Pogona vitticeps, the Central (or Inland) Bearded Dragon, is a species of agamid lizard occurring in a wide range of arid to semi-arid regions of Australia. This species is very popularly kept as a pet and exhibited in zoos.
Adults of this species usually grow to be about 2 feet in length, with the tail accounting for over half of the total body length. Sexes are not strongly dimorphic, but males can be distinguished from females as they have a wider cloacal opening, the base of the tail is wider, the head is usually larger with a larger beard (often black) and males possess hemipenes. Bearded dragons come in a wide variety of colours, including brown, grey, reddish-brown, red, yellow, white, orange, and sometimes green. They are capable of undergoing very slight changes in the shade of their colour to help regulate temperature. The specialized scales along both sides of the throat, neck, and head form many narrow spines which run down the side of the body to the tail. When feeling threatened a Bearded dragon will flatten its body against the ground, puff out its spiny throat, and open its jaws to make itself appear larger. The Bearded dragon is so named because of the pouch-like projection (also called the guttural pouch) on the underside of the neck and chin area which typically turns darker than the rest of the body. It also boasts spiny projections. Both these characteristics appear similar to a human beard. Males typically have a darker "beard" than females, and during mating season and courtship the "beard" will typically darken to near-black. The Bearded dragon, like most agamid lizards, has strong legs which enable it to lift its body completely off the ground while it moves. This is done to reduce the heat taken in from the ground, as well as to increase the air-flow over the belly to cool itself further.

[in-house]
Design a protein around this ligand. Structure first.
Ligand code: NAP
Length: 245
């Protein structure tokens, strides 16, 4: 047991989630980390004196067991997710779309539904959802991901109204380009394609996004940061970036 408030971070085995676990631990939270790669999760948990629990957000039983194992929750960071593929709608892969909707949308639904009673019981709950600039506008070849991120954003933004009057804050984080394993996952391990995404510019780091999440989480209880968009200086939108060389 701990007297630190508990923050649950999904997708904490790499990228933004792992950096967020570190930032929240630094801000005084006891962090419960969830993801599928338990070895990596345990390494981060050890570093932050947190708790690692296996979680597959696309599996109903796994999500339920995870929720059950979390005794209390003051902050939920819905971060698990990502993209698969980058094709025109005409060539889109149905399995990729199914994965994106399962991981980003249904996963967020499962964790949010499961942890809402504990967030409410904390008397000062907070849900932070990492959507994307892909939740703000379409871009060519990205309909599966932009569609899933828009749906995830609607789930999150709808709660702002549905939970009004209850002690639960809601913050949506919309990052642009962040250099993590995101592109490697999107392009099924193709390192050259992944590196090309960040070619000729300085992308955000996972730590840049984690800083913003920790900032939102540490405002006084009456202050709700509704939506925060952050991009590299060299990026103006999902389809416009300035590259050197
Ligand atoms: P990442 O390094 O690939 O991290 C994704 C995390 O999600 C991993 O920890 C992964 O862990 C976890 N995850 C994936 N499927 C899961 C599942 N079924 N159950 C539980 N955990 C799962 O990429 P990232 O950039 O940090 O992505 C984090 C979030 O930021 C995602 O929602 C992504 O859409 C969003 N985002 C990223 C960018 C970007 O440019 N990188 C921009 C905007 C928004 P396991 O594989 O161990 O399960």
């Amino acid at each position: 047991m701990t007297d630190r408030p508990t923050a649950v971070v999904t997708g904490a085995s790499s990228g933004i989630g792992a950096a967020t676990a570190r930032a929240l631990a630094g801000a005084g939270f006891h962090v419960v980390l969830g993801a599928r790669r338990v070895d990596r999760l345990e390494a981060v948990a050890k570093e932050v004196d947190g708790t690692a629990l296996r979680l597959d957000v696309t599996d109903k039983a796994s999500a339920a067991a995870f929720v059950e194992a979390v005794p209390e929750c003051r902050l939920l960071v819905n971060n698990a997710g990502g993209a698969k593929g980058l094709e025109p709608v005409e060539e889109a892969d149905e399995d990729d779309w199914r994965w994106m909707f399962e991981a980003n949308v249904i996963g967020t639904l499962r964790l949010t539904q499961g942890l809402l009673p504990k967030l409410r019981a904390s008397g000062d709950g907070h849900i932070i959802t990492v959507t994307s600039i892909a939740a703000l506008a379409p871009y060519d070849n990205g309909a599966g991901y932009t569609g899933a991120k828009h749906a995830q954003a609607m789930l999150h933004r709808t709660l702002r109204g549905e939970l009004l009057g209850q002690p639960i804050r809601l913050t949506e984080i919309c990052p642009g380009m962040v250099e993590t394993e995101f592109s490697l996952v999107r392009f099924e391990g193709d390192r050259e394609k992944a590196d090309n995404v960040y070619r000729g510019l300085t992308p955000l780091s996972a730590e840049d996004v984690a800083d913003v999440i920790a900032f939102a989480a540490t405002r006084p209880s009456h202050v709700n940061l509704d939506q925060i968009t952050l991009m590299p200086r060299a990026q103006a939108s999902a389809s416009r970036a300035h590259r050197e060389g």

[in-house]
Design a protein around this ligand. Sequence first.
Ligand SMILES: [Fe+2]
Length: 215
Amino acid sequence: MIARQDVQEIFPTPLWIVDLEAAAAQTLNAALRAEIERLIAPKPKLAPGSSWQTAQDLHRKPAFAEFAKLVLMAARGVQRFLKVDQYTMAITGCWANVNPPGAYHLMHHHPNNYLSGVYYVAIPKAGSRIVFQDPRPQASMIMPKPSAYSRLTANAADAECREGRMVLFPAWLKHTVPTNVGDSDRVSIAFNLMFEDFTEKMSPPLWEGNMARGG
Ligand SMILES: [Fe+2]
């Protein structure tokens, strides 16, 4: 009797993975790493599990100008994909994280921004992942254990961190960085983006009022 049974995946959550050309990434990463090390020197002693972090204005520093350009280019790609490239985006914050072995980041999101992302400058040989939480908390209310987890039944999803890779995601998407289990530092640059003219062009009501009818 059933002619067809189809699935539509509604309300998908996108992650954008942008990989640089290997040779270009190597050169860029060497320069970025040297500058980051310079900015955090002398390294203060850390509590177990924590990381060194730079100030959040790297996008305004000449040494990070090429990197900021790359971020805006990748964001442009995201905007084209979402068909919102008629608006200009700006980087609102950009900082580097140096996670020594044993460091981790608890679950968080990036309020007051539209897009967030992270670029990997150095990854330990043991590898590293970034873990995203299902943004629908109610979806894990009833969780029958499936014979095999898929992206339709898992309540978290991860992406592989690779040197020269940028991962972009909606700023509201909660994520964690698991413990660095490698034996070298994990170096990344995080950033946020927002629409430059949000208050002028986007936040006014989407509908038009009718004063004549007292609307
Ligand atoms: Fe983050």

Pogona vitticeps was first described by Ernst Ahl in 1926, placing it in the genus Amphibolurus.
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